A strong thunderstorm tore through Hall County around lunchtime Tuesday, but authorities said it caused no major damage.
At 11:53 a.m., the National Weather Service radar detected a storm at Lake Lanier Islands, moving northeast at 30 mph with wind gusts of up to 45 mph. The system ripped through Flowery Branch and Gainesville before continuing on toward Murrayville and Clermont.
At around 12:30 p.m., winds blew so strongly around the area of Thompson Bridge Road and Mount Vernon Road that some people reported a possible tornado.
Residents of Mount Vernon Pointe subdivision, which is located off Mount Vernon Road off Thompson Bridge Road, said they heard high winds pick up amid what had been a steady rainfall all day.
As of 1 p.m. Tuesday, Gainesville had received 5.1 inches of rain at Lee Gilmer Memorial Airport since Saturday, when measurable amounts of rain associated with the storm were first received in the area, according to the National Weather Service.
One of the residents, Lindsey McCamy, said she was taking a nap when the storm happened.
“I heard the wind and thought the windows were going to be sucked in,” McCamy said.
Another resident, Ed Wayne, said the lights flickered in his house and came back on and three or four minutes later they went out again.
Residents left their houses after the storm, inspecting their property and checking on their neighbors.
The worst of the damage seemed to be on Alexandria Drive in the subdivision.
The storm also caused some damage at Gospel Assembly church and to houses in Lanier Woods North subdivision, both off Mount Vernon Road. Homes that were particularly affected in the neighborhood were on Corinth Drive near Andrew Street.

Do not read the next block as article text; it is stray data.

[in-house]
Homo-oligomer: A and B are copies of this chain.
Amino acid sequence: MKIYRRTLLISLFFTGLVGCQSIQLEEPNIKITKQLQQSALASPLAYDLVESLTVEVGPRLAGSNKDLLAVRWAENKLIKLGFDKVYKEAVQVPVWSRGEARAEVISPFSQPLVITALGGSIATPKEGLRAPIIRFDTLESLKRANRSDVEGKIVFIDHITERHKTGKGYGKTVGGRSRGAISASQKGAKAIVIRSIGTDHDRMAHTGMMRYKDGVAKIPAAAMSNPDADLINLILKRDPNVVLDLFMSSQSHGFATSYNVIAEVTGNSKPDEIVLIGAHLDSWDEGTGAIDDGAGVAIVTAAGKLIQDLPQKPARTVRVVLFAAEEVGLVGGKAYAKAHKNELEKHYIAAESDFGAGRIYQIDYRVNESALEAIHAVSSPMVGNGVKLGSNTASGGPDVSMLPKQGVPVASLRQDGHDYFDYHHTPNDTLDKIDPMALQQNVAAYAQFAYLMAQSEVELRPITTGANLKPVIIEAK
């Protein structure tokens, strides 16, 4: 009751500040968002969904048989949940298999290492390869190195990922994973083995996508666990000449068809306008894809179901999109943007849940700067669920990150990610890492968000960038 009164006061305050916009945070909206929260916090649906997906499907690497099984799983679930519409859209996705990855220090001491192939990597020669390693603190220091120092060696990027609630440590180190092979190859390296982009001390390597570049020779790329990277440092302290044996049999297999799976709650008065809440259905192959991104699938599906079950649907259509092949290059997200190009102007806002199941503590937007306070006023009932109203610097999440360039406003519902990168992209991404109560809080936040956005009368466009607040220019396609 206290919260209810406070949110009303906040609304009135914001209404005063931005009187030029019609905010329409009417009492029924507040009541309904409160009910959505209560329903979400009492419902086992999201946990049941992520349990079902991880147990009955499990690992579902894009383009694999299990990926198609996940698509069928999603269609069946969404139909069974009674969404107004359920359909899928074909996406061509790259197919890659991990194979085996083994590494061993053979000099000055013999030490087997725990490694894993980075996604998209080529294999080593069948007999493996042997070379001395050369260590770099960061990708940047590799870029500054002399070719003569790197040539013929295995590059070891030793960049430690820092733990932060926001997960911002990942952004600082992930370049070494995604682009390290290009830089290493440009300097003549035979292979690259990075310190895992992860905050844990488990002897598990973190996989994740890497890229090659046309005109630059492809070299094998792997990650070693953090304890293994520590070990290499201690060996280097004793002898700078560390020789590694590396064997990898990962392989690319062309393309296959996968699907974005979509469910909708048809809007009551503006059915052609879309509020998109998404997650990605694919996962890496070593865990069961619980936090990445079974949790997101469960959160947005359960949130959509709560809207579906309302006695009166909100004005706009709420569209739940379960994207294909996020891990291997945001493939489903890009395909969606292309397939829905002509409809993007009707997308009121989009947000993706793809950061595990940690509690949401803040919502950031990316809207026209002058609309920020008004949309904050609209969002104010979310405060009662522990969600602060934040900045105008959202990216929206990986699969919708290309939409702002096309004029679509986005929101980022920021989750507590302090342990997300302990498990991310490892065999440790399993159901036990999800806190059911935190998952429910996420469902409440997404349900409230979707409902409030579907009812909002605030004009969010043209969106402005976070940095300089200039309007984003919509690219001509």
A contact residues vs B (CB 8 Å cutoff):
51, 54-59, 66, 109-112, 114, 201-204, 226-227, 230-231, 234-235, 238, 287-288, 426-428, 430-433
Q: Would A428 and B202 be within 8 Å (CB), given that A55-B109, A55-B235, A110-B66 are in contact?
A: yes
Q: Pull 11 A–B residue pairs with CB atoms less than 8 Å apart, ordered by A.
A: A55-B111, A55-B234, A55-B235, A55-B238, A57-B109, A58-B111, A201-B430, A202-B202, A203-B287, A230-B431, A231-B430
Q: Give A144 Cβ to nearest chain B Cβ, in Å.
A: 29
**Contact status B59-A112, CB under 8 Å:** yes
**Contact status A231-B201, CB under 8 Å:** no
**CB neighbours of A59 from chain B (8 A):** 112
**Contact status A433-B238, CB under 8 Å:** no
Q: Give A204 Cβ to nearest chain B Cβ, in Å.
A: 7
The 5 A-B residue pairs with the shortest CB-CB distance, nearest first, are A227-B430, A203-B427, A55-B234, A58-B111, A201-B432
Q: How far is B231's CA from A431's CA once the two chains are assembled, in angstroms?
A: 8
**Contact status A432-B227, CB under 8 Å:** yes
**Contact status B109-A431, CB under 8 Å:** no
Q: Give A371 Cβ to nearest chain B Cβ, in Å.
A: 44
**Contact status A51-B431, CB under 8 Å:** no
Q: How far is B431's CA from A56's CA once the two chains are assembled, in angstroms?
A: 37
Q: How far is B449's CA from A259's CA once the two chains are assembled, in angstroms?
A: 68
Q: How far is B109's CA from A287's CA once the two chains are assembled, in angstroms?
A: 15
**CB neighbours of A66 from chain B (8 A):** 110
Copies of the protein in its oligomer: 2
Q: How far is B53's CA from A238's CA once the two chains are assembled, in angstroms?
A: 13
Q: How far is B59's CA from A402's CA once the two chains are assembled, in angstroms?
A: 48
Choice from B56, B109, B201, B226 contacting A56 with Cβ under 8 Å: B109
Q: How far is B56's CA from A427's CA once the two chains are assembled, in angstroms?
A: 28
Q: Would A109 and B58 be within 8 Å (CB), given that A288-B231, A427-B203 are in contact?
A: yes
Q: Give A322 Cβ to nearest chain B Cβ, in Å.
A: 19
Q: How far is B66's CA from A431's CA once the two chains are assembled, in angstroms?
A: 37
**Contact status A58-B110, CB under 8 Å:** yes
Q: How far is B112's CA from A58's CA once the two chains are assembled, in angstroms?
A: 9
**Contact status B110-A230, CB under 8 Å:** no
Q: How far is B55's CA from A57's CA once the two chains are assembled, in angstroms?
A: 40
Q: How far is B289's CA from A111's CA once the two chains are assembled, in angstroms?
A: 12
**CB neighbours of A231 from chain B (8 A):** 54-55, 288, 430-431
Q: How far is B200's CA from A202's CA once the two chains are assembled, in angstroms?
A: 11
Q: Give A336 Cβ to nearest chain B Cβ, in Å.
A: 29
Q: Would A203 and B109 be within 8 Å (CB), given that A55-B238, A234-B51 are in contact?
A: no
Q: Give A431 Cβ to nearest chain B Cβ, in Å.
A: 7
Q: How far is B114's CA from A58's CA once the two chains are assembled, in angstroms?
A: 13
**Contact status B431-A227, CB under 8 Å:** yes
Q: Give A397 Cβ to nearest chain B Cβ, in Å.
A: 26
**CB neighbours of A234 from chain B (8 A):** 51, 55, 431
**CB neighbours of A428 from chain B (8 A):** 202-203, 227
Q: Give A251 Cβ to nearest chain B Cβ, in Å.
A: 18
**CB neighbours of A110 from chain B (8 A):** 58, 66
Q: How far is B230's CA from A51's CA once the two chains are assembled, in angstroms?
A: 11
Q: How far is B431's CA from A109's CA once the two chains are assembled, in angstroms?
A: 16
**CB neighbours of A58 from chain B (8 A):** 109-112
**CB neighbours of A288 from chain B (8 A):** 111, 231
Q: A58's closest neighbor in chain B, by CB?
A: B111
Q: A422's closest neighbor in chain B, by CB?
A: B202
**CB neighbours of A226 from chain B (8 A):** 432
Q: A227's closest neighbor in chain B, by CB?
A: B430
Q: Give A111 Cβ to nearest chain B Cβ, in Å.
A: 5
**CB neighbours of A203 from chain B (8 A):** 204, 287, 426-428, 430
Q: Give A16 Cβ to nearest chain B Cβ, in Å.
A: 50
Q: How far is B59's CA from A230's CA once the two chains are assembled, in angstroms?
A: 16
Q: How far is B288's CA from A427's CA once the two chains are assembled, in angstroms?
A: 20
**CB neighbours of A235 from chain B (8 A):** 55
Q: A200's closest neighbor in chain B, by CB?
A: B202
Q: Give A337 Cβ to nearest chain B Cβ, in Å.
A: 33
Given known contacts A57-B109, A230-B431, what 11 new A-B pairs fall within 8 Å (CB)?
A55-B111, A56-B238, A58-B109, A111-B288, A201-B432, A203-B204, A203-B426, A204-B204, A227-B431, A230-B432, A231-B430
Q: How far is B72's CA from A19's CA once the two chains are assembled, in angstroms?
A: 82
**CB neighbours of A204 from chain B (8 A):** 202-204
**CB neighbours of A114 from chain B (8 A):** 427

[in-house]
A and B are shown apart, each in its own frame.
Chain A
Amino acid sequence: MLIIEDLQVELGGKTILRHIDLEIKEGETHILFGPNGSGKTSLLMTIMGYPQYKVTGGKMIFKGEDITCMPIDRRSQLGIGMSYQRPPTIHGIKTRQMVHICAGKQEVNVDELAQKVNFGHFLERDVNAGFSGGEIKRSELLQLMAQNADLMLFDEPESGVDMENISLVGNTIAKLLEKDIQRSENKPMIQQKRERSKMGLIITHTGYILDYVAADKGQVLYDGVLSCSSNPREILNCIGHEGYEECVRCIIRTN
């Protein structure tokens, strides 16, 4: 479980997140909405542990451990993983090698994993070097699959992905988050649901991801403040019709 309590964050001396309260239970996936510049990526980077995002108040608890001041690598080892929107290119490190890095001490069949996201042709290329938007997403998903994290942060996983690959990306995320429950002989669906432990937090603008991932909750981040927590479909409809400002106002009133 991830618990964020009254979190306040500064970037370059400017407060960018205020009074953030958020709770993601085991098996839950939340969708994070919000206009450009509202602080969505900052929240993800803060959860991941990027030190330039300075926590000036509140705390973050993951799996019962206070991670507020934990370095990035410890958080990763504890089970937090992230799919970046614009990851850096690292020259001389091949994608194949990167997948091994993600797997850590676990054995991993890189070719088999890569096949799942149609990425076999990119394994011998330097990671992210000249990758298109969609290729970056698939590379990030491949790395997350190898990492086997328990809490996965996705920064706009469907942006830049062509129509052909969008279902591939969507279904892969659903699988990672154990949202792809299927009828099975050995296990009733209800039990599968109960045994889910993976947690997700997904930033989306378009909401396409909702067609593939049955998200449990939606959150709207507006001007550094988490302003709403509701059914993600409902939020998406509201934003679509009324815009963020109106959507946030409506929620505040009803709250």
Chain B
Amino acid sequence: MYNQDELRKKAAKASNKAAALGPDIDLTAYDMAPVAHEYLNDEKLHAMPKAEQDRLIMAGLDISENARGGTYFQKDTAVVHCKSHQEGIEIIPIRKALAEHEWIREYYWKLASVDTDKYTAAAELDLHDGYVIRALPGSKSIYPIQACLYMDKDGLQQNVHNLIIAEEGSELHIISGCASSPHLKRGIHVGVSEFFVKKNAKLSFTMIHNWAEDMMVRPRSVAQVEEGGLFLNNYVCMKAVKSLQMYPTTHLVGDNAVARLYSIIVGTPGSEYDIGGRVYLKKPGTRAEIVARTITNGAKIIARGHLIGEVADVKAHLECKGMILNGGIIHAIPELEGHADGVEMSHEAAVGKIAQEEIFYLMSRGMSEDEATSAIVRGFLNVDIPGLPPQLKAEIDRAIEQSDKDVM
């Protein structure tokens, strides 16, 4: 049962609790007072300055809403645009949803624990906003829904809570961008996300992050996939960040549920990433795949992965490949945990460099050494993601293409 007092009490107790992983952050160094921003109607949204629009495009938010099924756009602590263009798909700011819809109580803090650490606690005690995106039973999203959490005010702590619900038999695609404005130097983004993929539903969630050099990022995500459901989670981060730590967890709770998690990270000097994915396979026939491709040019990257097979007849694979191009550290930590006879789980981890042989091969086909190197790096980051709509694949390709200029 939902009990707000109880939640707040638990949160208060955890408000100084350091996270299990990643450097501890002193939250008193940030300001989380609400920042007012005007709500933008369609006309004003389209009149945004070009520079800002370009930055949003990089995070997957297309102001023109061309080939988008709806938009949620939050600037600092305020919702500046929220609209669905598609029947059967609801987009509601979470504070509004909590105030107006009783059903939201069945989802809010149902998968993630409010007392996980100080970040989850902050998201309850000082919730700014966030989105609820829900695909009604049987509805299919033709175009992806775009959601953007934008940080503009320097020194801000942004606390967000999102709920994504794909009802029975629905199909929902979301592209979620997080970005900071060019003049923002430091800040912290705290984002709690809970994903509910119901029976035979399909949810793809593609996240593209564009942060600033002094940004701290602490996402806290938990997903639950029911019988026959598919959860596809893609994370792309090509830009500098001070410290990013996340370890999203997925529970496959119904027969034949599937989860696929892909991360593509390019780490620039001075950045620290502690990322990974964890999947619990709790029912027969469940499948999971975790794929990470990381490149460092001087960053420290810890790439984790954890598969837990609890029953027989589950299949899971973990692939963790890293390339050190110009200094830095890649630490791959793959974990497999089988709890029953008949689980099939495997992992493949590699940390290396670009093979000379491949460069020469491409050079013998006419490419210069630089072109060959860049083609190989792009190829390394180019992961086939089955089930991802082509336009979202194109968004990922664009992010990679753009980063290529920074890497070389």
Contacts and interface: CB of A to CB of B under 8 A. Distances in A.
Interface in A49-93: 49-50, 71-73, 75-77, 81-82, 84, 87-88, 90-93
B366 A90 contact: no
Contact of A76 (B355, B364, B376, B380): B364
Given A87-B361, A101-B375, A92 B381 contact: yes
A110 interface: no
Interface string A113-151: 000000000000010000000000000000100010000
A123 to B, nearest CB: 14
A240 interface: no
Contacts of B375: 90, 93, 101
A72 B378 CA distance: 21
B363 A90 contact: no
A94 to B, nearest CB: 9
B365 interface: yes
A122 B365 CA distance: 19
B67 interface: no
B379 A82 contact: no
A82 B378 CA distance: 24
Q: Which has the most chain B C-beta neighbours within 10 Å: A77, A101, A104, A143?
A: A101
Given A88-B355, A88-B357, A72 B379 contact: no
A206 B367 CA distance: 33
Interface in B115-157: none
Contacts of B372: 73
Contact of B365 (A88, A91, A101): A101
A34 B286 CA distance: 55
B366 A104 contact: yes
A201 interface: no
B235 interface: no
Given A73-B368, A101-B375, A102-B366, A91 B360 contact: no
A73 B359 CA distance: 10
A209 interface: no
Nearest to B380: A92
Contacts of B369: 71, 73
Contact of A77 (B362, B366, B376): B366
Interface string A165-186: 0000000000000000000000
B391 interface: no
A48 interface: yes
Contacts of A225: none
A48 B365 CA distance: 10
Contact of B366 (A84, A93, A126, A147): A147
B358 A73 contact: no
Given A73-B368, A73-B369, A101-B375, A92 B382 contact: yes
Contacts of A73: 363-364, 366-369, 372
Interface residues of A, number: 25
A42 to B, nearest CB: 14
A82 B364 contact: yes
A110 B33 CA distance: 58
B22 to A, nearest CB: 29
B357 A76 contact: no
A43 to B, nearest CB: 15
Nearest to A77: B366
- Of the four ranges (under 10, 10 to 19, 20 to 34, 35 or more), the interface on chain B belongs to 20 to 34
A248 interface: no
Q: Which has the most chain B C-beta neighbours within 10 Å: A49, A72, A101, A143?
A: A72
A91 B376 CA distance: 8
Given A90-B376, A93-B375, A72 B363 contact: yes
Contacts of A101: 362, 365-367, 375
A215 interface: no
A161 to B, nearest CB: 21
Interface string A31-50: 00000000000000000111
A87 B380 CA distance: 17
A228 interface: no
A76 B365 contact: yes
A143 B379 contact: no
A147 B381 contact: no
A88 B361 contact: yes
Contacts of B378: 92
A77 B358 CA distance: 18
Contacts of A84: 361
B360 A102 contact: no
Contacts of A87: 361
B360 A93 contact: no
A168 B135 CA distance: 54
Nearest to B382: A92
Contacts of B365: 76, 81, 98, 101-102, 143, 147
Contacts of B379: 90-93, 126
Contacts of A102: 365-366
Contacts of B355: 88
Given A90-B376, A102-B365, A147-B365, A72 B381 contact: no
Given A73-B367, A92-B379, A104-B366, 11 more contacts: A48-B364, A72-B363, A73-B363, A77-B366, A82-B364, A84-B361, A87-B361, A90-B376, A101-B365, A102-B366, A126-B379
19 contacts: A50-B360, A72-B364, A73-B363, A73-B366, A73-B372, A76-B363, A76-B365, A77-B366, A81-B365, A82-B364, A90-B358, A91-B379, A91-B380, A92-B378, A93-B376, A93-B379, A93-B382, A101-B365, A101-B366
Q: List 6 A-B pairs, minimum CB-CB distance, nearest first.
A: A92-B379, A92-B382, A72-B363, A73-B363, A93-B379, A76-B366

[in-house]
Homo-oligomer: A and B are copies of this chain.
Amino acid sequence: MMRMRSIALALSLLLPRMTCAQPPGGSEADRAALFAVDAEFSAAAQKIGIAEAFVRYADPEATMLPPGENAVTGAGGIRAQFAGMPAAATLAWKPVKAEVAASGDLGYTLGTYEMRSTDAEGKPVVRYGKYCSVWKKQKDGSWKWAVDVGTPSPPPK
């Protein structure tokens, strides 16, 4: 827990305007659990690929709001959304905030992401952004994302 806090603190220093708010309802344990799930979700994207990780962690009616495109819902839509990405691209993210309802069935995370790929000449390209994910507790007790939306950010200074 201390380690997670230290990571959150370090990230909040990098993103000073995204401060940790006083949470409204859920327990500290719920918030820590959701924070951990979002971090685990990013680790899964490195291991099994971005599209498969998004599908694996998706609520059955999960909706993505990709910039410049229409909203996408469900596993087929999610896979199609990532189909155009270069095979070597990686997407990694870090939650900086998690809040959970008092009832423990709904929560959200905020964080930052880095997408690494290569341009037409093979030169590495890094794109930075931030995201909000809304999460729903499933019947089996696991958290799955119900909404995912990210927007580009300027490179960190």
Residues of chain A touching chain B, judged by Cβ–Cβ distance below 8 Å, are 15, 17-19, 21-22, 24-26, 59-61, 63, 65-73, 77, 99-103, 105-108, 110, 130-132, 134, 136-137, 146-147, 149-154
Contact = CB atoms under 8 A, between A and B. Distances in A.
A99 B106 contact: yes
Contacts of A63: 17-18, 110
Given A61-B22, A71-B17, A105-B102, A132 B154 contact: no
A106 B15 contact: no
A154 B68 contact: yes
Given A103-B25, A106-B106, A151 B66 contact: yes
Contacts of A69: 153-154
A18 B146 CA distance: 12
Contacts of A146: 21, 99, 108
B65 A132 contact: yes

The Corinth Drive home of Robert and Jennifer Miller sustained heavy damage from the storm. A very large tree was uprooted in the Millers’ back yard, sending limbs through the roof of their home. The bedroom of their 11-year-old daughter, Margaret, was damaged by limbs, with one coming within inches of her bed.
No one was at home at the time of the storm; the family was alerted to the damage by neighbors.
Fire and police officials are inspecting the North Hall area for damage, but as of 1 p.m. Hall County Fire Marshal Scott Cagle said he was seeing mostly “a bunch of trees in the road.”
Hall County Fire Chief David Kimbrell said that the National Weather Service is trying to determine what kind of storm hit the area. But the service could initially confirm only straight-line winds. Kimbrell, who is driving around the area to assess damage, said it didn’t appear that a tornado had struck.
“Nothing is twisted like a tornado. It looks like straight-line winds,” Kimbrell said.
There were also reports of several houses damaged by falling trees, as well as a number of power lines knocked down, causing outages in the area. Jeff Wilson, spokesman for Georgia Power, said workers were repairing a downed line that cut electricity to about 150 customers.
Will Schofield, superintendent of the Hall County school system, sent a memo to school personnel citing the North Hall storm.
Mount Vernon Elementary, North Hall Middle and North Hall High schools “immediately activated their severe weather procedures and moved students to the appropriate areas of their campuses,” he said.
“We continue to monitor weather closely and North Hall High and North Hall Middle have canceled outdoor activities for the remainder of the day,” Schofield said. “Many teams will be practicing indoors.”
The midday cloudburst was part of the remnants of Tropical Storm Fay, which has been dropping heavy rain over Northeast Georgia for the past two days.
The National Weather Service also has issued a flash flood warning for White and Lumpkin counties.
Between 6:30 a.m. and 12:30 p.m., some 2 to 3 inches of rain had fallen in East Lumpkin and White counties. Another 1 to 2 inches is possible later today.
This story will be updated as developments warrant.